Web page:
[OT] Why 10 hours for a newbie and 30 days for a "programmer"
runrev at davidjdowns.com
Tue Sep 7 19:30:57 CDT 2004
> Fair enough. I was a bit more abrupt and general in my response than I
> normally would be. This discussion is one I've had 100 times over the
> years and I guess I just grew weary of it.
Understandable. I was also too abrupt, as I tend to be if I
misinterpret someone as being dismissive with respect to the field I
believe more important than all other others combined: Education.
> 1. Aside from products created specifically for the education market
> and intended for use in administration and management, that market is
> very difficult to crack and in the main not very profitable.
I agree with this--generally--as there is typically much competition
between available tools, and the education market (lately) tends in
many areas to follow the standard trends of the business world (e.g.,
Windows computers over competitors). So, while a software developer of
a new word processor is going to have a difficult time tapping the
education market, I'll wager Microsoft has made a nice chunk of cash
selling Word licenses to pretty much every school in the Western world.
> 2. Development tools are a particularly difficult sell into the
> education market because of the wide availability of free, Open Source
Education folks interested in development tend to be nerds, no doubt
about it. As such, we are often up on the latest, "coolest" Open
Source project and willing to invest the time required to learning such
tools--which typically have a very steep learning curve, as well.
Nerds love this, I might add. :D
What the education market (I am thinking primarily of K-12 here) sorely
needs, however, is an easy to learn, easy to use, GUI-based RAD tool to
teach the fundamentals of computer use, programming, design, interface,
and logic. No one has this market cornered. And there *is* a market.
> 3. Educators often (not always) feel they are on a sort of "mission"
> that "entitles" them to reduced pricing and liberal licensing
> enforcement. And some educators who wouldn't say that *would* argue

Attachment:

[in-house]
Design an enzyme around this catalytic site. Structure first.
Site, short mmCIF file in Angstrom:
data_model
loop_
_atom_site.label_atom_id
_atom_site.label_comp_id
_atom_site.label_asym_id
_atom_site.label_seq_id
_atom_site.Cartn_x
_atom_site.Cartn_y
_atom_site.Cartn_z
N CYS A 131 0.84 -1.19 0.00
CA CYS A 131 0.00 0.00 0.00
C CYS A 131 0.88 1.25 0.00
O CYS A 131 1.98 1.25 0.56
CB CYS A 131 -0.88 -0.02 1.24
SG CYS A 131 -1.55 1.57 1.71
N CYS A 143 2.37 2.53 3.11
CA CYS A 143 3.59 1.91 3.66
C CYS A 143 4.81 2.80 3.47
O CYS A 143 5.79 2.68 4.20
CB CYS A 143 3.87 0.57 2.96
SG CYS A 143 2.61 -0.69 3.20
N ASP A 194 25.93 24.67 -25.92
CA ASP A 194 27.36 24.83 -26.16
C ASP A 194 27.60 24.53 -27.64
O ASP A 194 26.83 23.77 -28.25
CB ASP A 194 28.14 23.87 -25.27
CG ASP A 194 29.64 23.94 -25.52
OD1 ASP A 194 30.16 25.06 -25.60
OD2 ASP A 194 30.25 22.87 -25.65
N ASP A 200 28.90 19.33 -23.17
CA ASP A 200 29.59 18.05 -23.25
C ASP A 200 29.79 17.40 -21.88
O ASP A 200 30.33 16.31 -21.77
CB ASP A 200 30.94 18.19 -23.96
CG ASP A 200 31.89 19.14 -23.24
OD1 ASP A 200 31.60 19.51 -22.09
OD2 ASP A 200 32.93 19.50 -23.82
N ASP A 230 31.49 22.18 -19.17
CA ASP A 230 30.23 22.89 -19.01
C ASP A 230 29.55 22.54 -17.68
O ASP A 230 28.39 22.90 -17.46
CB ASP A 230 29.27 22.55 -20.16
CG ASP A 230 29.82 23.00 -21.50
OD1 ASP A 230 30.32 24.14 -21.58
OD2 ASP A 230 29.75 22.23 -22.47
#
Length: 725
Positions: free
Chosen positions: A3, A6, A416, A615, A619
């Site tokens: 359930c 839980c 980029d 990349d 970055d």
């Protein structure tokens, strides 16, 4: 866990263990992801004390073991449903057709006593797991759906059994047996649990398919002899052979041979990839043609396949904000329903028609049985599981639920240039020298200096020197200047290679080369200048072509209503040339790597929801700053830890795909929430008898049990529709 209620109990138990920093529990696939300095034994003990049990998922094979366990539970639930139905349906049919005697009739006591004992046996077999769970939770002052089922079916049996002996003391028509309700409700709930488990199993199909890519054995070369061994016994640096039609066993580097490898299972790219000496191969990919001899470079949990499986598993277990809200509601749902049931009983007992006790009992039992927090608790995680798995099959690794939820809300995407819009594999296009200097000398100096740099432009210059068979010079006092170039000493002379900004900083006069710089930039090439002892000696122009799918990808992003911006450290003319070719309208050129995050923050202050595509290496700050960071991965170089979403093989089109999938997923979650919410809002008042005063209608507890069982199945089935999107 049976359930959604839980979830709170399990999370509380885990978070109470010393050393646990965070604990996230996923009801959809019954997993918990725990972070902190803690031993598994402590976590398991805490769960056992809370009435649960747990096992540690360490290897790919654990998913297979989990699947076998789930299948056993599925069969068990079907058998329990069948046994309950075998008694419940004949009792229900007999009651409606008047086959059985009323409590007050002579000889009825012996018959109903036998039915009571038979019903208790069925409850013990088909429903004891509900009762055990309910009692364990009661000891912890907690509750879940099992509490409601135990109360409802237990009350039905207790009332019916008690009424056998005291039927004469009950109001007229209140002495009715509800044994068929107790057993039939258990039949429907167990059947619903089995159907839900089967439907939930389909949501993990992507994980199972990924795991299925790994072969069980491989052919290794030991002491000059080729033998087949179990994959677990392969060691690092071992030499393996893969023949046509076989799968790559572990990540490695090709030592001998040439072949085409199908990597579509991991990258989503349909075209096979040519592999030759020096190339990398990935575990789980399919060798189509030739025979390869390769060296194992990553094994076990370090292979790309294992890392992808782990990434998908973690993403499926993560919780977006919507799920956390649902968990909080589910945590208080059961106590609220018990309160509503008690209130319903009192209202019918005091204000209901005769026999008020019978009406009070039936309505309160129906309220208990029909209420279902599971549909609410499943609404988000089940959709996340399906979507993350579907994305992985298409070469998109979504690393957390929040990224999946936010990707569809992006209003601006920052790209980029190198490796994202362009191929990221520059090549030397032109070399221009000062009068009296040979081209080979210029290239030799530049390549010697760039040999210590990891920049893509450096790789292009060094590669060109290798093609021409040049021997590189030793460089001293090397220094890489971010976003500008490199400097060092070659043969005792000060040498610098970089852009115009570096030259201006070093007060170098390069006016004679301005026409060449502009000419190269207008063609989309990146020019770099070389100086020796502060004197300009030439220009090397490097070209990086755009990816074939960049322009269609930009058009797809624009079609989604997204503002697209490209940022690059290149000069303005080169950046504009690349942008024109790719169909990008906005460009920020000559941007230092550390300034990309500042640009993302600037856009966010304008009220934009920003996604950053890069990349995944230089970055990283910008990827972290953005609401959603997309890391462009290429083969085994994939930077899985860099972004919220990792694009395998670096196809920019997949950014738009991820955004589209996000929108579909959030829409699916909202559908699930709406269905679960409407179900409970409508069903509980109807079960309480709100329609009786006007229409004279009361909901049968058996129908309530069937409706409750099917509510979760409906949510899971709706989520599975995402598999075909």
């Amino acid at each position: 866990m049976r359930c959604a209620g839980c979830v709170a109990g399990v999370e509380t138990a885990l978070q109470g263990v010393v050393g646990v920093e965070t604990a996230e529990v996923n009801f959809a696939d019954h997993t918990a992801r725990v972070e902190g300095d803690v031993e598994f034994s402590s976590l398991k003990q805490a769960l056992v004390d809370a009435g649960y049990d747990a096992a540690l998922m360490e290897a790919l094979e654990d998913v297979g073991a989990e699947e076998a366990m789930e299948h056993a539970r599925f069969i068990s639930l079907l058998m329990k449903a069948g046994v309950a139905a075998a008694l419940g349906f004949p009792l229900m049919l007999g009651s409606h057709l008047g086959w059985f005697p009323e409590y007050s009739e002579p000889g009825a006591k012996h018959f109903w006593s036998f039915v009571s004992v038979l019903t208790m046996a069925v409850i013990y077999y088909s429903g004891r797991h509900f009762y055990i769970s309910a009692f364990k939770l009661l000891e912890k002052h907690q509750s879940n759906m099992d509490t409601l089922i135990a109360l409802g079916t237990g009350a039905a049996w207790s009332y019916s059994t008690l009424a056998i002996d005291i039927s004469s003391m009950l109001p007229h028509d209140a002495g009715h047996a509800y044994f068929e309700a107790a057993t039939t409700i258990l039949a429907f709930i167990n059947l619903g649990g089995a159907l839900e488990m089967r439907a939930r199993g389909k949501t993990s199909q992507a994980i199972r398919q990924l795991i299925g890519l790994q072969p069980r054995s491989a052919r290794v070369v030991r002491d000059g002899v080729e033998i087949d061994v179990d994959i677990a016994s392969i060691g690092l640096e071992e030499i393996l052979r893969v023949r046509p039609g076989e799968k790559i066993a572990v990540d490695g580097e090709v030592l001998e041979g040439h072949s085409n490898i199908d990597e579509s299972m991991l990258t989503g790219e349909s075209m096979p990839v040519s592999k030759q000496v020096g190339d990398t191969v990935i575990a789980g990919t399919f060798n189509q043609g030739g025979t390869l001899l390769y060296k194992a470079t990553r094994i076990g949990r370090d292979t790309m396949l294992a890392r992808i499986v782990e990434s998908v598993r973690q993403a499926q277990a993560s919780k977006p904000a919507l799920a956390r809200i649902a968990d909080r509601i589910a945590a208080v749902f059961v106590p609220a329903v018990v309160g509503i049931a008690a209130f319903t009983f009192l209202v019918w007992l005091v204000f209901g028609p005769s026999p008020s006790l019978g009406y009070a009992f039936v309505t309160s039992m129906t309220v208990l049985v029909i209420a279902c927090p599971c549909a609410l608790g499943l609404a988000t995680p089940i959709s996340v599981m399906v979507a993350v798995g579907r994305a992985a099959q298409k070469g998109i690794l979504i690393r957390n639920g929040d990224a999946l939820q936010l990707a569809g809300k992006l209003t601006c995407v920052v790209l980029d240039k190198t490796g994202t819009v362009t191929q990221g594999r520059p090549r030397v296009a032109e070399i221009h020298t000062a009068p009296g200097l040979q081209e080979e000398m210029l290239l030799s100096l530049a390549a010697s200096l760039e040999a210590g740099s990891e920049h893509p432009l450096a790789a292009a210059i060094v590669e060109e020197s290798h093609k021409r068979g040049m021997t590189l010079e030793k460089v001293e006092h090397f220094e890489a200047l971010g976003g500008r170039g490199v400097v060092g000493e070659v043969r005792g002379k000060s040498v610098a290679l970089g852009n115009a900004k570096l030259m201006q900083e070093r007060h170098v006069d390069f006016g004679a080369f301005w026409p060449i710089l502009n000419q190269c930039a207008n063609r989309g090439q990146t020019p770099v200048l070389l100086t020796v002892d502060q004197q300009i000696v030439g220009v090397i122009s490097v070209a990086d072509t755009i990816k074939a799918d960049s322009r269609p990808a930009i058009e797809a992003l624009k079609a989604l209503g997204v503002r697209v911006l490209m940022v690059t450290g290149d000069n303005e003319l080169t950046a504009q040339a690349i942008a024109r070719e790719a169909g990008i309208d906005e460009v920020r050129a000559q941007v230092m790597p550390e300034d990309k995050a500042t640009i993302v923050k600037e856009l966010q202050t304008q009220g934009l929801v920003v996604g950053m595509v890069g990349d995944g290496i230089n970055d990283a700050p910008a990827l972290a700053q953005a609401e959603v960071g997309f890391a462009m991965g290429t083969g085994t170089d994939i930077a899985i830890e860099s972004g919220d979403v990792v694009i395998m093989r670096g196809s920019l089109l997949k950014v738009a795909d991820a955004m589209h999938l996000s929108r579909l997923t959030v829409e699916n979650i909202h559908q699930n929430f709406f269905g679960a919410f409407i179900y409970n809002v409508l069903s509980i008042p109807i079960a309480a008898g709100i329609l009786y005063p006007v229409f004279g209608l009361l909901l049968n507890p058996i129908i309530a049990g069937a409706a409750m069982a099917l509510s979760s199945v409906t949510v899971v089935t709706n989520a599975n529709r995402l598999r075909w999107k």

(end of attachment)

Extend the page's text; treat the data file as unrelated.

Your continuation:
> that their budgets are small and they can't afford to pay standard
> rates for software, particularly development tools.
True, but not just to education, and not just for development tools.
Any business manager who goes to purchase a hundred licenses for Word
is going to expect a discount based on bulk, just like he gets on
paperclips, pencils, and notepads. Less to do with education, this is
just how the world expects sales to work: if I buy more from you, you
should lower the unit price.
> At the end of the day, I just don't think it's a good place for RunRev
> to place many bets given all that's on its plate.
My concern is the alternative markets RunRev has available.
"Traditional" software companies are not going to abandon "old school"
languages--these are the tools their developers know and use every day,
they are established and (even if less efficient) proven, and they are
"real programming languages" (before the flames begin: (1) I am an
xCard fanatic and advocate, and (2) there is no use denying the bias is
In-house business development uses every tool already established,
included "rapid" tools like VB, RB, etc. So, while these programmers
may be willing to use Rev for their work, you are going to have to
convince them to learn a new tool. This is a hard sell, when what they
are already using "works fine for our needs."
So, that pretty much leaves small, independent developers, many of whom
are already like those above ("hard-core coders" or "already got my
How does RunRev convince these groups to even consider a switch?
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